The leading Armenian organizations in the United States expressed conflicting views on Armenia’s dramatic rapprochement with Turkey as President Serzh Sarkisian started on Thursday a week-long intercontinental visit aimed at addressing Diaspora concerns about the U.S.-backed process.
Sarkisian will spend the next few days touring major Armenian communities in France, the United States, Lebanon and Russia and discussing his conciliatory policy on Turkey with their prominent members. “I am not going in order to convince them, I am going to listen to them and tell them what I think,” he told the presidential Public Council on Wednesday.
According to a statement issued by his office, Sarkisian will first meet in Paris on Friday with leaders of Armenian community leaders from France and other European nations. He will then proceed to New York for similar discussions with representatives of the larger and more influential Armenian-American community. Among those invited to the meeting are leaders of a U.S. chapter of the Armenian Revolutionary Federation (Dashnaktsutyun), one of the most vocal critics of the Turkish-Armenian agreements announced on August 31.
In a statement issued on Wednesday, Dashnaktsutyun’s Central Committee in the eastern United States said it has accepted the invitation. “But, let us be clear: We will attend this meeting because we do not want to forgo an opportunity to voice our strong and uncompromising opposition to these dangerous protocols,” it said. “We will do so directly and forthrightly, letting the president know that the protocols he defends actually betray the national rights of the entire Armenian Nation: Armenia, the Armenian Diaspora, and Nagorno-Karabakh.”
The statement said Sarkisian’s charm offensive is “not only late but lacking in political and moral sincerity” as both Yerevan and Ankara have made clear that they will sign the two fence-mending protocols without any changes whatever the outcome of the ongoing debates in both countries. It also reiterated Dashnaktsutyun’s arguments against a deal which the nationalist party says will make it harder for the Diaspora to gain greater international recognition of the Armenian genocide. “The protocols will satisfy the articulated aims of today’s Turkish government to silence the enduring and still unanswered ‘Armenian Question,’” the statement said.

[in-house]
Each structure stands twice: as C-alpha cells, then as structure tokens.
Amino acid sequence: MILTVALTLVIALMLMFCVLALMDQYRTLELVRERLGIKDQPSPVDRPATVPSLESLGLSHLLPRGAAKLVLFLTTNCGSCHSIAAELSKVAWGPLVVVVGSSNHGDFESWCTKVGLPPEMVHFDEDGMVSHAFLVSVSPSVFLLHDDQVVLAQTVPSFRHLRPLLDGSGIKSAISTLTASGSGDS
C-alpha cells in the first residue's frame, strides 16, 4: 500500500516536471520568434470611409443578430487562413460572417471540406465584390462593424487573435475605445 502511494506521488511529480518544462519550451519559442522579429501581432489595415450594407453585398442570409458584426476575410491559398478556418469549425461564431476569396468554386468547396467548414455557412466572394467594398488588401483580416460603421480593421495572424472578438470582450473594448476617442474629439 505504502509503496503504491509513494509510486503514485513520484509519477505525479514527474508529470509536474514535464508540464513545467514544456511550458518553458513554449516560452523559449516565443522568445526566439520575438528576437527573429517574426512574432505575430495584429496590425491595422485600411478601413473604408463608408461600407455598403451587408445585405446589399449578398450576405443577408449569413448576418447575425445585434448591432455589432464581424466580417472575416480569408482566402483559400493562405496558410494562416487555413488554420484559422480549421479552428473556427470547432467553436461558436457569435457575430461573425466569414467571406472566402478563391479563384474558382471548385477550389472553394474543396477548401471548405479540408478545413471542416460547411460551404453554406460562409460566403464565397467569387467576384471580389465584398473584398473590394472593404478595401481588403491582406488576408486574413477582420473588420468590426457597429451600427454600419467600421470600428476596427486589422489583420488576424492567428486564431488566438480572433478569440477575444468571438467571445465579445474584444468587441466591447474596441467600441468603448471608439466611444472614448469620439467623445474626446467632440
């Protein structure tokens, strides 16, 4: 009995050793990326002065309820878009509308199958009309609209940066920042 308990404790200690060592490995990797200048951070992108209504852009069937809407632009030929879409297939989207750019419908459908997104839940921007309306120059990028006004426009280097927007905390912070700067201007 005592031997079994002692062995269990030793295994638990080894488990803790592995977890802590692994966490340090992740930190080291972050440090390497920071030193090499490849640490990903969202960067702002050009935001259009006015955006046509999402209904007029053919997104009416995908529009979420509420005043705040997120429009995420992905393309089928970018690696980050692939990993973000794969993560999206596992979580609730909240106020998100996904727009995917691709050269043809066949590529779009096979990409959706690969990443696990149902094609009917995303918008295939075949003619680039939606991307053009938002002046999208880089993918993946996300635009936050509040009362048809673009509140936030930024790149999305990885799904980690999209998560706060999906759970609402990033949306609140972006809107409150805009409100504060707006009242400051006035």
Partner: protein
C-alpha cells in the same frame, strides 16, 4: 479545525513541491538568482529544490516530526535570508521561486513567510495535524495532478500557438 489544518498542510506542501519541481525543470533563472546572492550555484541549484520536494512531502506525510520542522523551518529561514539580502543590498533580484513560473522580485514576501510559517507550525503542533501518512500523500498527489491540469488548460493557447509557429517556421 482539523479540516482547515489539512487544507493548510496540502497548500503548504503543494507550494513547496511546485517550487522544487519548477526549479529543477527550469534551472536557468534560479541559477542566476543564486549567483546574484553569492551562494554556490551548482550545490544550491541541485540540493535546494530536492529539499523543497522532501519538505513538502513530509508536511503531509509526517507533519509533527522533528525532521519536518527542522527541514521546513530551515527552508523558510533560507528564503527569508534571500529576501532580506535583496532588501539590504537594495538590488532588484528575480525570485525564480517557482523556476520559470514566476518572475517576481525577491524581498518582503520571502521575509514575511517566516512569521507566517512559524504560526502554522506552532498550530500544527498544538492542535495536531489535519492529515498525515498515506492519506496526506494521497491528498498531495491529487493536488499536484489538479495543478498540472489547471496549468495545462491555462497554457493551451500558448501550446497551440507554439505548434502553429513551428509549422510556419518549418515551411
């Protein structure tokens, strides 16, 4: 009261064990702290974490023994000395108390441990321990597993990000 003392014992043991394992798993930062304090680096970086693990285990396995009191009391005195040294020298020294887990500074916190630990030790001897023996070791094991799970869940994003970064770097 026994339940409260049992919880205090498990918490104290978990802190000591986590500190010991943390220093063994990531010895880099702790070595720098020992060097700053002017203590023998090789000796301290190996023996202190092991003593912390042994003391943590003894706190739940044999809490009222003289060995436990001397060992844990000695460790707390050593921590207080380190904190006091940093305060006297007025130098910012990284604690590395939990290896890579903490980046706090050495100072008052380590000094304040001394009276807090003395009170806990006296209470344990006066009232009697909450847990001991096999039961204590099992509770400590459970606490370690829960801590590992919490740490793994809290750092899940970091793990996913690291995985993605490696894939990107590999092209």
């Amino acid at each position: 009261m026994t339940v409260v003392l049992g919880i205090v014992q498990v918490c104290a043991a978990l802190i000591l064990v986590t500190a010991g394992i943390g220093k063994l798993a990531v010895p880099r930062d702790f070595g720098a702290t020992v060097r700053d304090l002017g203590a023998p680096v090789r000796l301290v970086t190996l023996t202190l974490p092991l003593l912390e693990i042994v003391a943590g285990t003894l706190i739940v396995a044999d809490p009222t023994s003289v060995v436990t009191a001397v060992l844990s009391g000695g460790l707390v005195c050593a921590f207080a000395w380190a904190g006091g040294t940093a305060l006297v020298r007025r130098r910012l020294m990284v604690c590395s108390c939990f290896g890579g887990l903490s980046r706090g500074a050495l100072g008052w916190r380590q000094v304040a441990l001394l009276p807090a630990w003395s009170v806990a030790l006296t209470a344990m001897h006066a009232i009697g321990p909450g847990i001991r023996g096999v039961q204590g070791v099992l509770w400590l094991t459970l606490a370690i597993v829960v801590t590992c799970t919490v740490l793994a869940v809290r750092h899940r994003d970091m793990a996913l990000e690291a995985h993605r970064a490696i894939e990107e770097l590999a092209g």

The Dashnaktsutyun-controlled Armenian National Committee of America (ANCA) is one of the two main Armenian groups that have for decades been lobbying the U.S. Congress to pass a formal genocide resolution. The other, more moderate group, the Armenian Assembly of America, has been far more supportive of the thaw in Armenia’s relations with its historical foe.
The Assembly joined on Thursday the Diaspora’s largest charity, the Armenian General Benevolent Union, as well as two U.S. dioceses of the Armenian Apostolic Church in issuing a statement that welcomed Sarkisian’s policy and the controversial agreements in particular. “The protocols announced on August 31st represent a marked change from the past,” they said. “Turkey has now publicly committed to establish normal relations without preconditions, and the process has yielded remarkable progress.”
“The path ahead will not be easy and will undoubtedly involve new twists and turns along the way. That makes it all the more important to understand that this is not the time to advance other agendas at the expense of Armenia's future,” the statement added in a thinly veiled attack on Dashnaktsutyun. “At this critical moment, we believe that the President of Armenia deserves our support.”
The Dashnaktsutyun statement deplored such views, claiming that they are not shared by the majority of an estimated one million Americans of Armenian descent. “We consider it likely that -- for whatever reason -- this minority will continue to maintain that unjustified position,” it said.